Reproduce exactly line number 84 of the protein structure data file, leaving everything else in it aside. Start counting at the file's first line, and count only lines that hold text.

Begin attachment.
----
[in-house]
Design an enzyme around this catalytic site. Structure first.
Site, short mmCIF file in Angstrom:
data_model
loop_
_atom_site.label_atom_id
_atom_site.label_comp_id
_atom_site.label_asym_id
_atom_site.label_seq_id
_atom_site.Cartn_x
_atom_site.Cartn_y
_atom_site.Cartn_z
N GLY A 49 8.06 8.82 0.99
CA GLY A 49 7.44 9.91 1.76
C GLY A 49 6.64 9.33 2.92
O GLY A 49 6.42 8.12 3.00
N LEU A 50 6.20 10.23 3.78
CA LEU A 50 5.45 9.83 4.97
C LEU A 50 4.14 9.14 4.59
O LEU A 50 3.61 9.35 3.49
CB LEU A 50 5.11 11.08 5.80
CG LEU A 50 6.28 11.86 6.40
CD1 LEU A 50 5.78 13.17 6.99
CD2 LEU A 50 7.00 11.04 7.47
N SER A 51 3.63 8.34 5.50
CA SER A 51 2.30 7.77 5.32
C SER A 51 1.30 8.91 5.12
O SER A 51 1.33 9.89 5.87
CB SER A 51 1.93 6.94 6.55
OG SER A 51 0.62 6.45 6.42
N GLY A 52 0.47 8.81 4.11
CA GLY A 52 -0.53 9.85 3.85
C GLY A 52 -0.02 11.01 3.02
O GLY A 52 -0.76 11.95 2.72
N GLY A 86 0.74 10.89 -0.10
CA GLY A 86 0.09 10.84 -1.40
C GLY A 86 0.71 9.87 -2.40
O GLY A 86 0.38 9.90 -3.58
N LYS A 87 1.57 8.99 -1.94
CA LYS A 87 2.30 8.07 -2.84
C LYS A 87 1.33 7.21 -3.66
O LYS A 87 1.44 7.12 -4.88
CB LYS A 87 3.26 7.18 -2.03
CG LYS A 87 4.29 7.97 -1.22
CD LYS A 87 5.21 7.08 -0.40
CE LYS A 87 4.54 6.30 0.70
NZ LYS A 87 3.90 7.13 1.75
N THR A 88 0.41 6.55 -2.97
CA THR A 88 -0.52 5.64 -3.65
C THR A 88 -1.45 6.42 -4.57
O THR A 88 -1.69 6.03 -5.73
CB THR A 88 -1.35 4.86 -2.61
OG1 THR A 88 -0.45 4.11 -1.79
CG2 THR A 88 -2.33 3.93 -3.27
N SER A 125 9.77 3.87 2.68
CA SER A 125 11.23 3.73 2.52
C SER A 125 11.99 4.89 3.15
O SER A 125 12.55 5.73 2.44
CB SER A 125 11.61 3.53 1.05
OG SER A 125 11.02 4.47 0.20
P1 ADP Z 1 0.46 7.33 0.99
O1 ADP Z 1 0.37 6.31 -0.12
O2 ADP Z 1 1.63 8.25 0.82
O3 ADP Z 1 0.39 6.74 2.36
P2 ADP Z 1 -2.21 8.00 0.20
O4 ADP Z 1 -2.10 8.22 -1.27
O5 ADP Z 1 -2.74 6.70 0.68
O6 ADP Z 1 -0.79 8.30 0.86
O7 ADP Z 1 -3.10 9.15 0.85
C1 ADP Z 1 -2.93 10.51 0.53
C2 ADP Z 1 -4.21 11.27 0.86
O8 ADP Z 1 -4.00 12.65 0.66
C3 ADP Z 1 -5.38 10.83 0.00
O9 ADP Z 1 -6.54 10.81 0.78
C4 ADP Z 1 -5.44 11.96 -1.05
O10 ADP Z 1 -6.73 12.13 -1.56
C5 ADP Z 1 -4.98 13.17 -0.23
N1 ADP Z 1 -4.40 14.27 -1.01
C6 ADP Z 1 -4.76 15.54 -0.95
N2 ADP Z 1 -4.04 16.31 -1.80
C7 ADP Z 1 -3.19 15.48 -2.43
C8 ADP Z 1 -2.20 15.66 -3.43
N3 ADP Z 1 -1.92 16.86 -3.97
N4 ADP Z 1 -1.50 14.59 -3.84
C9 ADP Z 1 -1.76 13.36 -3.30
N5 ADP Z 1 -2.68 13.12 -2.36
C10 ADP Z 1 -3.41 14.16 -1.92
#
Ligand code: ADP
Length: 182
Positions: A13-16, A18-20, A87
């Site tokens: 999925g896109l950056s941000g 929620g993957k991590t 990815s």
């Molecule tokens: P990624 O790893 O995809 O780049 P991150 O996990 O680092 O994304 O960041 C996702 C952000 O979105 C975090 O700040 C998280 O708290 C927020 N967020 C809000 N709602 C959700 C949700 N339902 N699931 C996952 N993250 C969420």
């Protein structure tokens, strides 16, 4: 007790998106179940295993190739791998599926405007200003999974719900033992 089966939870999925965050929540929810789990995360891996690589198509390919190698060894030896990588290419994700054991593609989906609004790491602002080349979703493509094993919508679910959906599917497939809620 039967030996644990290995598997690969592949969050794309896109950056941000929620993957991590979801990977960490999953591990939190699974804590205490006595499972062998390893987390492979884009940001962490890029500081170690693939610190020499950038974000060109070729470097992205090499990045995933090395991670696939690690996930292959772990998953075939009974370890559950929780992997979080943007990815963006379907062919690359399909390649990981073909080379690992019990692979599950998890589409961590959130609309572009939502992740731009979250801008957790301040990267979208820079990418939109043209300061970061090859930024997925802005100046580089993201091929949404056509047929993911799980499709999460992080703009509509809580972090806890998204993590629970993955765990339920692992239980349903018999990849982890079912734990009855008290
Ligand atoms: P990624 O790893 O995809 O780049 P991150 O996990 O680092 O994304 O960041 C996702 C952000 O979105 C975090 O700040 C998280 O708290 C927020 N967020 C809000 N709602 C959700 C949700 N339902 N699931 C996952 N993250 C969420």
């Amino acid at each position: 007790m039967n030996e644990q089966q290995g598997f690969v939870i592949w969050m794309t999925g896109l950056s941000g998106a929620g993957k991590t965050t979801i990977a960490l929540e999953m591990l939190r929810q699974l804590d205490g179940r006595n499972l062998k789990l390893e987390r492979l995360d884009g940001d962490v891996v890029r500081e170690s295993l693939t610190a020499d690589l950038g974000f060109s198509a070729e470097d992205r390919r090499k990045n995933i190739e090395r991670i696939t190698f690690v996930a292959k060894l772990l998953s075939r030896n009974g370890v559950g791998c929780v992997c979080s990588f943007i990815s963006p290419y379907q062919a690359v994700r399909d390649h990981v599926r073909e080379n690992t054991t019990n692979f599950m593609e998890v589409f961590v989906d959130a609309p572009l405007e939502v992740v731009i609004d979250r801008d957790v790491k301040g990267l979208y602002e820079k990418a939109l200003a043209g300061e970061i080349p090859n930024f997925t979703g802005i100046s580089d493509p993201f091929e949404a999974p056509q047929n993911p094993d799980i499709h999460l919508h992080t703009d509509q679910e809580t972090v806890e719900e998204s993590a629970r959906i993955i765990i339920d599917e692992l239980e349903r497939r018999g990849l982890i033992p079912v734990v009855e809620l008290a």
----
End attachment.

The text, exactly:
N4 ADP Z 1 -1.50 14.59 -3.84